I’m sure you’re familiar with blockchain networks like Bitcoin and Ethereum. These are the two biggest public permissionless blockchain networks in the world, as measured by the value of their native tokens.
But what you might not be familiar with is the software that makes these networks operate. In short, a blockchain network is many instances of node software running on many computers, where these use some defined protocol to agree on the state of the network.
The fact that there are many such nodes operating the network together is what makes the network behave correctly, following the protocol. This ensures there’s no ability to perform malicious actions, like reverting your token transfer.
What is less known is that there are many different implementations of the same protocols. Ethereum in particular is a network with at least 5 major node software implementations, each developed by different teams.
This is important because if there is a bug in one of the implementations, having many different implementations running together helps protect the network and avoids it from deviating from the agreed protocol. The bug can be fixed in the faulty implementation without this causing any downtime or invalid transactions. The non-faulty nodes will notice the bug, and ignore or penalise the faulty nodes.
This is where Hyperledger Besu comes into the picture. Besu is one of the 5 major Ethereum execution client implementations, and it is part of the Hyperledger foundation.
Besu is used to help run the public Ethereum mainnet and testnets. But what’s also interesting about Hyperledger Besu is that it is frequently used as the preferred node implementation for private networks.
The Hyperledger Foundation is an open source community focused on developing a suite of stable frameworks, tools and libraries for enterprise-grade blockchain deployments. It is a global collaboration, hosted by The Linux Foundation, and includes leaders in finance, banking, Internet of Things, supply chains, manufacturing and Technology.
Private blockchain networks with Hyperledger Besu
Private blockchain networks might be a bit foreign unless you happen to work on it within the financial services sector or other industries that want to ensure only selected members are allowed to run nodes or interact with such nodes.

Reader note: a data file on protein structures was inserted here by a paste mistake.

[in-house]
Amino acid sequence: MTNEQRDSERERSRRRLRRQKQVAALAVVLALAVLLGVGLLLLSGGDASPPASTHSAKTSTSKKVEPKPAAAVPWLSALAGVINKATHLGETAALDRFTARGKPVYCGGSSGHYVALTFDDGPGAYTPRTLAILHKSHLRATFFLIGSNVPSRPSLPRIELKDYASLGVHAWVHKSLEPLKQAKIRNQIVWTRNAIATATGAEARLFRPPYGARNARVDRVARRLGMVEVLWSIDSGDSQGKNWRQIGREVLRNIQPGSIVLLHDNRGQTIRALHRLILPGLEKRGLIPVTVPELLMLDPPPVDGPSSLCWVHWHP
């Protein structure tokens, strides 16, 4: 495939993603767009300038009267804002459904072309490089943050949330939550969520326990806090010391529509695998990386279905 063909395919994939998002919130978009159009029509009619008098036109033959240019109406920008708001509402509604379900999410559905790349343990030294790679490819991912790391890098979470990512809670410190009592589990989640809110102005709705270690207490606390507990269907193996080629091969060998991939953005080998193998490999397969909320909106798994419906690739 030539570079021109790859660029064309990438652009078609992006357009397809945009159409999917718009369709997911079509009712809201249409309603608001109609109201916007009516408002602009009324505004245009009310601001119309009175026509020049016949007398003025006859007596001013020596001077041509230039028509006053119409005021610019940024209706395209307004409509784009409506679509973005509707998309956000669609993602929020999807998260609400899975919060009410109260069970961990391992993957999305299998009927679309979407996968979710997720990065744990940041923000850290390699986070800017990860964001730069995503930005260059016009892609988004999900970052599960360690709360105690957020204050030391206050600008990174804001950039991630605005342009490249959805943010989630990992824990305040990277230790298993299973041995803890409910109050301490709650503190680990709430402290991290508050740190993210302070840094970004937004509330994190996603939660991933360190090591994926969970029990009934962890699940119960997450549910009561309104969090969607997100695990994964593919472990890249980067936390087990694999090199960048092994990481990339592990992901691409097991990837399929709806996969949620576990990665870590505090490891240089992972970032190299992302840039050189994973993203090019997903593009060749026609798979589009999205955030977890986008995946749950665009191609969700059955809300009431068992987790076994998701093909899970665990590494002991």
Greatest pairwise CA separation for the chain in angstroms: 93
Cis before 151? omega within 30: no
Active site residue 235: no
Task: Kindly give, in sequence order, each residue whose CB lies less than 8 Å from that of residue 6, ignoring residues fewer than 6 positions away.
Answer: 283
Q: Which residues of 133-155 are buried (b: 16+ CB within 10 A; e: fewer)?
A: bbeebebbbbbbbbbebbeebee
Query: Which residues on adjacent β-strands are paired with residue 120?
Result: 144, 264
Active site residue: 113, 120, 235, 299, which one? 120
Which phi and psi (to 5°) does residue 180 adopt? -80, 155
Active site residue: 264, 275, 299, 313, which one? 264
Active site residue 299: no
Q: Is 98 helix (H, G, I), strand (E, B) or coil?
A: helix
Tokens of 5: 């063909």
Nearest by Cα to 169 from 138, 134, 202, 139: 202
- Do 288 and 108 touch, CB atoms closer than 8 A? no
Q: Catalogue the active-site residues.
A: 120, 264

But what’s the point of them anyway?
Typical examples include banks that want to transfer tokens between themselves, where these tokens are backed by some underlying currency. The reserves for this are ideally held with the central bank, in order to minimise collateral risks. And the point of using a private blockchain network is to avoid needing to rely on any third party when it comes to agreeing on what transactions took place, when and in what order.
Removing the third party improves on costs you’d otherwise have to pay, and it’s also difficult for many major enterprises to agree to any such particular vendor. Additional benefits include T+0 settlement and 100% clarity on allocations. Trades are settled and allocated in real time as they are executed, not 2 days later as is often the case with traditional financial infrastructure.
But this post isn’t about the benefits of private blockchain networks, it’s about Hyperledger Besu. What we find is that Besu is the preferred choice in the enterprise world for a couple of reasons:
- It’s battle tested and well supported, as it’s used on the public Ethereum mainnet
- It’s beneficially licensed as open source software under the Apache 2.0 terms
- It can be extended, with plugins, to add custom network functionality
- It support many different consensus algorithms, allowing it to work within different network configurations, like private networks
- And it also supports private transactions, which allows two parties to perform a transaction on the network without the other members being able to work out the details
- It is developed in Java, which is often a language used within the enterprise space, and that allows for reuse of tooling and know-how
Hyperledger Besu is a production ready Ethereum node implementation that supports both public and private blockchain networks. It is implemented in Java, licensed under the Apache 2.0 open source licence, and supports private transactions.
It is also actively maintained by a broad ecosystem of developers and companies, and managed within the Hyperledger foundation.
Here at Web3 Labs we have several years of experience working with Hyperledger Besu, so should you need some advice or support please contact us.